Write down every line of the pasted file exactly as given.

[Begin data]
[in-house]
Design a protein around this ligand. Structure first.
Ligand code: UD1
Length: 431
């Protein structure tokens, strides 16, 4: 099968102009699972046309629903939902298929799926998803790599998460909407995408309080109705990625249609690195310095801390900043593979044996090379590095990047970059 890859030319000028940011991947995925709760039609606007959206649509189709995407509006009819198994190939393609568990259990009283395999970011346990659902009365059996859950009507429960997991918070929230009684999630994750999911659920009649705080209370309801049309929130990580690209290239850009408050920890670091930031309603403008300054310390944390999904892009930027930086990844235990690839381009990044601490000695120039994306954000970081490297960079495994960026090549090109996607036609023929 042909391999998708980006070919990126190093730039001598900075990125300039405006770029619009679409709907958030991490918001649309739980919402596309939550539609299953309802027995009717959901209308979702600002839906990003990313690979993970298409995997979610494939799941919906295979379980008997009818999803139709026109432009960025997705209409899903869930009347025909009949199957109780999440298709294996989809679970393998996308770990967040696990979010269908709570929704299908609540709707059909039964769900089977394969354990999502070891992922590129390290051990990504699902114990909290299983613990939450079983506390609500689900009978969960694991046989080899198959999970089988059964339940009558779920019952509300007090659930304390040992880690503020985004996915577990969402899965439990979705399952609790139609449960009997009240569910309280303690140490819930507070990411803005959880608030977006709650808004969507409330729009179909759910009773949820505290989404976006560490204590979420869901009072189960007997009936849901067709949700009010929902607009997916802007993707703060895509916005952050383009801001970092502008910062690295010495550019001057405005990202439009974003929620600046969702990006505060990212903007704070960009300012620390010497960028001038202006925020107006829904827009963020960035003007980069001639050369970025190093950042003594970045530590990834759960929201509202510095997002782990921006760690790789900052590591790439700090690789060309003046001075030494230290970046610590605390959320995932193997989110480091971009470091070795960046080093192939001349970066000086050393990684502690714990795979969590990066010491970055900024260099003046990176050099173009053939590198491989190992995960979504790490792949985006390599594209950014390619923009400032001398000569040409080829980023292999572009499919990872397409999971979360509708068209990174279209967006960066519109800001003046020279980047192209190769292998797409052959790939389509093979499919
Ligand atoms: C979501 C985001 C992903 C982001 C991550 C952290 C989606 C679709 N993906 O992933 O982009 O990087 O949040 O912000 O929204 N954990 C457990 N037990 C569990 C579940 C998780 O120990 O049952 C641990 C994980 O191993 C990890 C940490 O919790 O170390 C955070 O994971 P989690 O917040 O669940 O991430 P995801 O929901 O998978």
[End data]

[in-house]
Design a protein around this ligand. Structure first.
Ligand code: UD1
Length: 431
């Protein structure tokens, strides 16, 4: 099968102009699972046309629903939902298929799926998803790599998460909407995408309080109705990625249609690195310095801390900043593979044996090379590095990047970059 890859030319000028940011991947995925709760039609606007959206649509189709995407509006009819198994190939393609568990259990009283395999970011346990659902009365059996859950009507429960997991918070929230009684999630994750999911659920009649705080209370309801049309929130990580690209290239850009408050920890670091930031309603403008300054310390944390999904892009930027930086990844235990690839381009990044601490000695120039994306954000970081490297960079495994960026090549090109996607036609023929 042909391999998708980006070919990126190093730039001598900075990125300039405006770029619009679409709907958030991490918001649309739980919402596309939550539609299953309802027995009717959901209308979702600002839906990003990313690979993970298409995997979610494939799941919906295979379980008997009818999803139709026109432009960025997705209409899903869930009347025909009949199957109780999440298709294996989809679970393998996308770990967040696990979010269908709570929704299908609540709707059909039964769900089977394969354990999502070891992922590129390290051990990504699902114990909290299983613990939450079983506390609500689900009978969960694991046989080899198959999970089988059964339940009558779920019952509300007090659930304390040992880690503020985004996915577990969402899965439990979705399952609790139609449960009997009240569910309280303690140490819930507070990411803005959880608030977006709650808004969507409330729009179909759910009773949820505290989404976006560490204590979420869901009072189960007997009936849901067709949700009010929902607009997916802007993707703060895509916005952050383009801001970092502008910062690295010495550019001057405005990202439009974003929620600046969702990006505060990212903007704070960009300012620390010497960028001038202006925020107006829904827009963020960035003007980069001639050369970025190093950042003594970045530590990834759960929201509202510095997002782990921006760690790789900052590591790439700090690789060309003046001075030494230290970046610590605390959320995932193997989110480091971009470091070795960046080093192939001349970066000086050393990684502690714990795979969590990066010491970055900024260099003046990176050099173009053939590198491989190992995960979504790490792949985006390599594209950014390619923009400032001398000569040409080829980023292999572009499919990872397409999971979360509708068209990174279209967006960066519109800001003046020279980047192209190769292998797409052959790939389509093979499919
Ligand atoms: C979501 C985001 C992903 C982001 C991550 C952290 C989606 C679709 N993906 O992933 O982009 O990087 O949040 O912000 O929204 N954990 C457990 N037990 C569990 C579940 C998780 O120990 O049952 C641990 C994980 O191993 C990890 C940490 O919790 O170390 C955070 O994971 P989690 O917040 O669940 O991430 P995801 O929901 O998978």